Best practices from an IT pro who’s seen all sides
As a follow up to my post on the Industry Bytes blog a few weeks ago, I interviewed one of our experts here at Penton Media. Brent Mammen is a senior network engineer with Penton and has been in IT for over 20 years. Since Penton is currently interviewing candidates for an IT position, Brent told me that now was an excellent time to share insights about what’s really important to both the customer and to your manager.
Brian: Is there a point where an IT pro has to say ”okay, I’m taking off my IT pro hat and putting on my customer service hat”? How do you transition into that role?
Brent: Since I’ve been helping interview and hire employees for our new Help desk, I’ve done a lot of evaluation of customer service skills lately. My own philosophy has revolved around putting myself in the client’s shoes; I guess that’s something my mother always told me to do. It stuck, and I think it’s helped me become as successful as I feel I am.
Brian: How should IT pros balance the need to be friendly and personable while also being efficient and productive?
Brent: Good question. After all, most clients come to us looking for assistance with a problem and not to share how well their day is going or their computer system is running. In some respects we have to be psychologists as well as good technicians—first we need to listen and understand the problem and how it impacts the people we’re dealing with. Faking empathy doesn’t usually get the job done. You have to really try and understand how and why a person feels the way he or she does about his or her particular issue.
Brian: How can an IT pro become a star in his or her customer’s eyes?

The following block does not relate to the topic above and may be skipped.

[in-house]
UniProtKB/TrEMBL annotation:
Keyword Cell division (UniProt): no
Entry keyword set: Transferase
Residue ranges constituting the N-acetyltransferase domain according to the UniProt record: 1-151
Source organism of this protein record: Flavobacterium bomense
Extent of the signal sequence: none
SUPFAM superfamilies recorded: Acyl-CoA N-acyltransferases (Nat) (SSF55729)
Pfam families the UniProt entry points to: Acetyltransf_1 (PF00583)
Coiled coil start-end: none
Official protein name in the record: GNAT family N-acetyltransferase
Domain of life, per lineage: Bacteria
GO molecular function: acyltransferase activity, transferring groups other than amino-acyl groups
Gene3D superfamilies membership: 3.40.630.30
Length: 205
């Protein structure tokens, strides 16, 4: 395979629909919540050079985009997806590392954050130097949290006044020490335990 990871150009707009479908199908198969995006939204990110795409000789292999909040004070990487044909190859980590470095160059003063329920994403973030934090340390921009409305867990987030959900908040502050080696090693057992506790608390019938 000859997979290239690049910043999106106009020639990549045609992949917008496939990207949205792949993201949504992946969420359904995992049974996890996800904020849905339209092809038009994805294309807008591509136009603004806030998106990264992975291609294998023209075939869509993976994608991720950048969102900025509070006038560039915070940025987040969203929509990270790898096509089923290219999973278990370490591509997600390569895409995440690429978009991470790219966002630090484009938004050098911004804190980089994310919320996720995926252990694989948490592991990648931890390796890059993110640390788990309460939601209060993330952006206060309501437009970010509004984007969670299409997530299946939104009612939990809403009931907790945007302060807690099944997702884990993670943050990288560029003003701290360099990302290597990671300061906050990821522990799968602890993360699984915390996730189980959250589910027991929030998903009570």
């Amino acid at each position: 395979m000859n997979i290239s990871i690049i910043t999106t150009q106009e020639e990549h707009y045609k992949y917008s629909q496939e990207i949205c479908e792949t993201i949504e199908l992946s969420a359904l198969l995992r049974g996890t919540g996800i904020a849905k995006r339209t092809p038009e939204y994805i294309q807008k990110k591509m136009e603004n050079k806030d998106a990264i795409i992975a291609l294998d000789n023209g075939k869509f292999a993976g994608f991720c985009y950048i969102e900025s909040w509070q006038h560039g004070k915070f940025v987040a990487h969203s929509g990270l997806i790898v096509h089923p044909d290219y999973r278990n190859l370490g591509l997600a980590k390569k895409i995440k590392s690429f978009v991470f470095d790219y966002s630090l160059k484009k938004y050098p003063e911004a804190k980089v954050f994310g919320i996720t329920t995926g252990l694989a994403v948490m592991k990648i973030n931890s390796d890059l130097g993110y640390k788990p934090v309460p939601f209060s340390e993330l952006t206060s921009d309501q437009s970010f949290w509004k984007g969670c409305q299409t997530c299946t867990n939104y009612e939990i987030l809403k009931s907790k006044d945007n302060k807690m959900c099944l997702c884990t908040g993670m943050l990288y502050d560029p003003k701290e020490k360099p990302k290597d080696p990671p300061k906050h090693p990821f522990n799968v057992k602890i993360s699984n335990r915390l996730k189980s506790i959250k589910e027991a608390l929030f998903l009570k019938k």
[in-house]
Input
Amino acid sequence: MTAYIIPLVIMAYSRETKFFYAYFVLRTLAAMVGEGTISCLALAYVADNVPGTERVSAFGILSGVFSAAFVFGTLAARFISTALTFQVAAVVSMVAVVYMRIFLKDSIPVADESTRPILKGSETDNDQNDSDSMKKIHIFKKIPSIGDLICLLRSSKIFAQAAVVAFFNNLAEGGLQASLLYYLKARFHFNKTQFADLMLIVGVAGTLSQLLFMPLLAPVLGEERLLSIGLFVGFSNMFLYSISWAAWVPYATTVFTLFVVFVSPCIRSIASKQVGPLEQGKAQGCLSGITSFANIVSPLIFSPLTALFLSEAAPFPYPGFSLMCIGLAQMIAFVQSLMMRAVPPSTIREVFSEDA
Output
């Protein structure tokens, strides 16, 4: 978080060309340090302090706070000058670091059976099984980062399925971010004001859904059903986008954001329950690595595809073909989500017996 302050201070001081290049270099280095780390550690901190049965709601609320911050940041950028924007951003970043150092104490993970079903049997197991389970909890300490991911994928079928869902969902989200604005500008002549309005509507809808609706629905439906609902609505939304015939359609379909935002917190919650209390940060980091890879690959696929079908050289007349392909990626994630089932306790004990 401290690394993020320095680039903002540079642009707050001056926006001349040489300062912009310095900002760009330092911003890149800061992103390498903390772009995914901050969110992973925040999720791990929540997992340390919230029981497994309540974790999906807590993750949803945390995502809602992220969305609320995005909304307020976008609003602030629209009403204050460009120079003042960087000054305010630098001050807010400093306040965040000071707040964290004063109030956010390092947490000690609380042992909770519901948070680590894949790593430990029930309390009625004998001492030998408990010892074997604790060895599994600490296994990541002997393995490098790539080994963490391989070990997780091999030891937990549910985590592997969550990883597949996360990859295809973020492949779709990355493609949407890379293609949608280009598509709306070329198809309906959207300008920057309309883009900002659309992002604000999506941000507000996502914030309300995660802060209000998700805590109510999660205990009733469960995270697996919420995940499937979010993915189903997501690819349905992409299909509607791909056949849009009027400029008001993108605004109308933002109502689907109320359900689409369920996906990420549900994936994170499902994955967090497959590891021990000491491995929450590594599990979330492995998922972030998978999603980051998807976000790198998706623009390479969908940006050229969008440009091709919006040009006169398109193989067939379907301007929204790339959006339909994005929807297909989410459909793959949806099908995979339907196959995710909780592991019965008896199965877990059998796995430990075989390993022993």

Brent: What I would recommend to anyone looking to become stellar in a customer service role is to always remember to do what you say you’re going to do. No one can be expected to know the answer to every problem, so following up with the client is crucial. People want to know that their issues haven’t been forgotten and that something is being done about it! Even if you don’t have the answer yet, let the client know it’s being worked on. Keep following up until it’s resolved.
Brian: When you interview potential candidates, what personality traits are you looking for?
Brent: We often ask the candidates we’re interviewing a question that really doesn’t have a logical answer. What we’re looking for is a response similar to “I don’t know, but I will look into it and let you know.” The point is that no one can know everything, so we want employees that don’t fabricate answers to issues just to get by.
Brian: Are there any other useful tips you can think of?
Brent: I was taught once in a Customer Service training course to refer to “Users” as “Clients.” It may sound strange, but “User” sometimes has a negative connotation as it rhymes with—you guessed it—“Loser.”
In summary, customer service shouldn’t be taken lightly, because perception really is reality. I’d love to hear what personal experiences you’ve had. Here are a few questions for you to chew on:
· If you’ve ever served in a managerial or hiring role, what qualities did you look for in candidates?
· If you’ve recently applied for a position dealing with customers, how did you try and sell yourself?
· How have you dealt with difficult customers or difficult problems and turned the situation into a positive?